Honfleur © Ian Parkes
HonfleurWhether by accident or design, the quaint fishing village of Honfleur, just across the estuary from busy, bustling La Havre, has managed to make time stand still and presents its many visitors with scenes and experiences largely unchanged for 100 years or more. Honfleur fortunately escaped serious damage during the World War II Normandy landings, and since then development has been minimal. It still functions as a fishing port and follows traditions dating back to medieval times, although it has unfortunately lost its beach due to the silting up of the river. The town was once very popular with Impressionist painters like Monet and Boudin because of the changeable light and picturesque coastal scenes; it is still popular with photographers for the same reason. There are a few interesting museums, including those dedicated to composer Eric Satie and Impressionist painter Eugene Boudin, and some lovely gardens. There are also two wonderful churches to visit: the Notre Dame de Grace and Saint Catherine's Church. On Saturdays there is a lively local market selling fresh produce; the local cheese is renowned to be particularly tasty. Honfleur is certainly worth a visit from La Havre and is an attraction in its own right.
Mont Saint-Michel Abbey © Ikmo-ned
Mont Saint-Michel AbbeyOne of France's best-known attractions, the Mont Saint-Michel Abbey, is situated on a rocky island just off the coast of Normandy and Brittany. It was founded in 708 by the Bishop of Avranches, who built a chapel here. Construction of the current abbey began in 1023 but was not finished for 400 years. Built with granite, it encompasses a range of architectural styles, from Norman to Gothic. The abbey has been a site for pilgrimages for centuries and has also served as a monastery, a prison and a fortress protecting against the English during its long history. There is still a Benedictine monastery within the abbey, which can be visited on a guided tour. Among the maze of cobbled streets within the walls of the abbey are a number of other attractions; the little medieval village still boasts its 15th and 16th-century houses and there are shops, restaurants and a few good museums including a maritime museum and a multimedia museum that tells the story of the island. There are also some amazing views out into the bay. The abbey is connected to the shore by a causeway, but there are plans to construct a bridge to it so that the sea will again flow freely around the island. Visitors could easily spend a whole day exploring this fascinating place.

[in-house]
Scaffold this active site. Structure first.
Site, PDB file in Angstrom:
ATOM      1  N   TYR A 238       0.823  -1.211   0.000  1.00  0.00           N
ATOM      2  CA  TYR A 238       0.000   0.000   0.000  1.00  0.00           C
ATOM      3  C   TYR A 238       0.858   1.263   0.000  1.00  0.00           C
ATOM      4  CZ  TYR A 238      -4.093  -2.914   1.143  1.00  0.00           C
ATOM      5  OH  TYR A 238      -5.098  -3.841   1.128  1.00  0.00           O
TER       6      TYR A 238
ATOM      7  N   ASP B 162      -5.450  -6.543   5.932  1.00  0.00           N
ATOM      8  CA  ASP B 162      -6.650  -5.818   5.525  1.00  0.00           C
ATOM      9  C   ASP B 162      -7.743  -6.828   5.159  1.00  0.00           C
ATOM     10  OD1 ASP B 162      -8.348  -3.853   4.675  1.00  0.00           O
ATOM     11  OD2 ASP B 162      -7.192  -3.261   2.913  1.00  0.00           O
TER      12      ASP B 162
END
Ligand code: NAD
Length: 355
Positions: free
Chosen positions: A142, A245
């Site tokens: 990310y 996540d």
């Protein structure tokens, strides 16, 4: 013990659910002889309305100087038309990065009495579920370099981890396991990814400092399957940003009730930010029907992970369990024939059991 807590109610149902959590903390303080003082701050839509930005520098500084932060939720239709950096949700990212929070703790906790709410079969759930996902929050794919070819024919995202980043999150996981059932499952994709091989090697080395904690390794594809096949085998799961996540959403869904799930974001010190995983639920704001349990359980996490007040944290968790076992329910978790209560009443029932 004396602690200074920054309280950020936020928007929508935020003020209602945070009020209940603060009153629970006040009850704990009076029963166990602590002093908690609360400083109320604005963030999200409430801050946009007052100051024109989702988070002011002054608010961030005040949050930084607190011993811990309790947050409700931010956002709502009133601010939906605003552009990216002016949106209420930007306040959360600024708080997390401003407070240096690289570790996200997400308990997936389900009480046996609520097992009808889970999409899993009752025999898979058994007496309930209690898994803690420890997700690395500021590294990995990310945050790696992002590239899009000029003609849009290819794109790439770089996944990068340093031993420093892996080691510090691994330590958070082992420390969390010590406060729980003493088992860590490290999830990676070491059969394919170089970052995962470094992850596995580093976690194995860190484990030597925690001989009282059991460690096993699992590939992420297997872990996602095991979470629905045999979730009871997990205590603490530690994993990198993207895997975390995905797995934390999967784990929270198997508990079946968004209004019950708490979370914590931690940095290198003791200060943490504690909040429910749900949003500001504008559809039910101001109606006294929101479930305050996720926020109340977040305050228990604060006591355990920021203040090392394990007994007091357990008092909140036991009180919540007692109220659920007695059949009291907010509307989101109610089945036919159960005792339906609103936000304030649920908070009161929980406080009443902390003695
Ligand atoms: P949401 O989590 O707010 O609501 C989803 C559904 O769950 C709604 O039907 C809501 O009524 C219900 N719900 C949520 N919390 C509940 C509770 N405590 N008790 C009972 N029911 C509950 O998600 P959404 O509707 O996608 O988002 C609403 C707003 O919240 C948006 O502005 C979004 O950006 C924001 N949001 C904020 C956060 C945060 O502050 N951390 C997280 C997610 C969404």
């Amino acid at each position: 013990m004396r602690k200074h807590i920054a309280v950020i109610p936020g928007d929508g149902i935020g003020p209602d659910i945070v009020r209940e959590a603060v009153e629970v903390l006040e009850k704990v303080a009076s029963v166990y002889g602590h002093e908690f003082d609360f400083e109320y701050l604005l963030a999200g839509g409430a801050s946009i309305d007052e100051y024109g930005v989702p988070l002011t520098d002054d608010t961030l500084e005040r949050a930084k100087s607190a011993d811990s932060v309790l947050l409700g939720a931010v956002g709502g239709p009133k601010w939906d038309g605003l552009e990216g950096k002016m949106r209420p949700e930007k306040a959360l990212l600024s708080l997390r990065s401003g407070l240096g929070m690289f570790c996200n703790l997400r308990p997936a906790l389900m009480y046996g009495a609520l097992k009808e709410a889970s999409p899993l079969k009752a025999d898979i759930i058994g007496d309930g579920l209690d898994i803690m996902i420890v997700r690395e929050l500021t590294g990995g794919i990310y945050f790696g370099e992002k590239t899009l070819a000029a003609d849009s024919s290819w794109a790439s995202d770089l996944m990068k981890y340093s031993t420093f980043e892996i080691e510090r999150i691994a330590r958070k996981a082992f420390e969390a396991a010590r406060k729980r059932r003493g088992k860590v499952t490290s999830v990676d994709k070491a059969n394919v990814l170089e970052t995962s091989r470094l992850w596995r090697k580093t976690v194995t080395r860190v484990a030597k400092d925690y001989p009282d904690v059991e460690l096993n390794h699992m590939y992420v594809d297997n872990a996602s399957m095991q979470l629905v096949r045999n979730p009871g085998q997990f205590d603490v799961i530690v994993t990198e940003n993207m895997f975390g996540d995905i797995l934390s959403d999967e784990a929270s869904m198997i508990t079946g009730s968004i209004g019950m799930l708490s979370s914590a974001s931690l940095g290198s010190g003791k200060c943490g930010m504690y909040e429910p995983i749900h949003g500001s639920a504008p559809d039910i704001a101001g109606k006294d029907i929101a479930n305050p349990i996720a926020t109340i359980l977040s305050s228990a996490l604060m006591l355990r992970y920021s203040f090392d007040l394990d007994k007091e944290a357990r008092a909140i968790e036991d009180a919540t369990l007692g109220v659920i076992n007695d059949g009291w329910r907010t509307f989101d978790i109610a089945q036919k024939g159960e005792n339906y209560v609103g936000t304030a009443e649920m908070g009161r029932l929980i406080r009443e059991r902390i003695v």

Address: 50116 Le Mont-Saint-Michel; Website: www.ot-montsaintmichel.com/index.htm?lang=en
Rouen skyline © Frederic Bisson
RouenThe capital of Normandy and a popular holiday destination, Rouen is also a centre of industry and commerce; it is the fifth largest port in France and the closest one to Paris, split into a right and left bank area by the River Seine. Rouen is also one of France's most historic cities; William the Conqueror died here in 1087 and in 1431 it was the stage for the trial and execution of Joan of Arc. She was burned at the stake in the Place du Vieux-Marché (the Old Marketplace); the position is still marked by a huge bronze cross and worth visiting while on holiday. Allied bombing largely destroyed the city of Rouen; all of its bridges and many of its great churches were ruined. However, substantial investment has been focused on restoring parts of the city to its former medieval glory. The great Cathédrale Notre-Dame, immortalised by Monet, remained fairly unscathed and is well worth a visit for its wonderful stonework. An especially interesting Rouen holiday attraction is the Chapelle de la Vierge, where the heart of Richard the Lion-Heart is entombed as a token of his affection for the people of Rouen. The chapel also contains the Renaissance tombs of the cardinals d'Amboise. Dozens of churches and some fine museums can be explored including the Musée des Beaux-Art, which is one of France's best provincial museums and includes the works of great French artists such as Veronese, Velasquez, Caravaggio, Rubens, Poussin, Fragonard and Monet (including several versions of his Rouen Cathedral).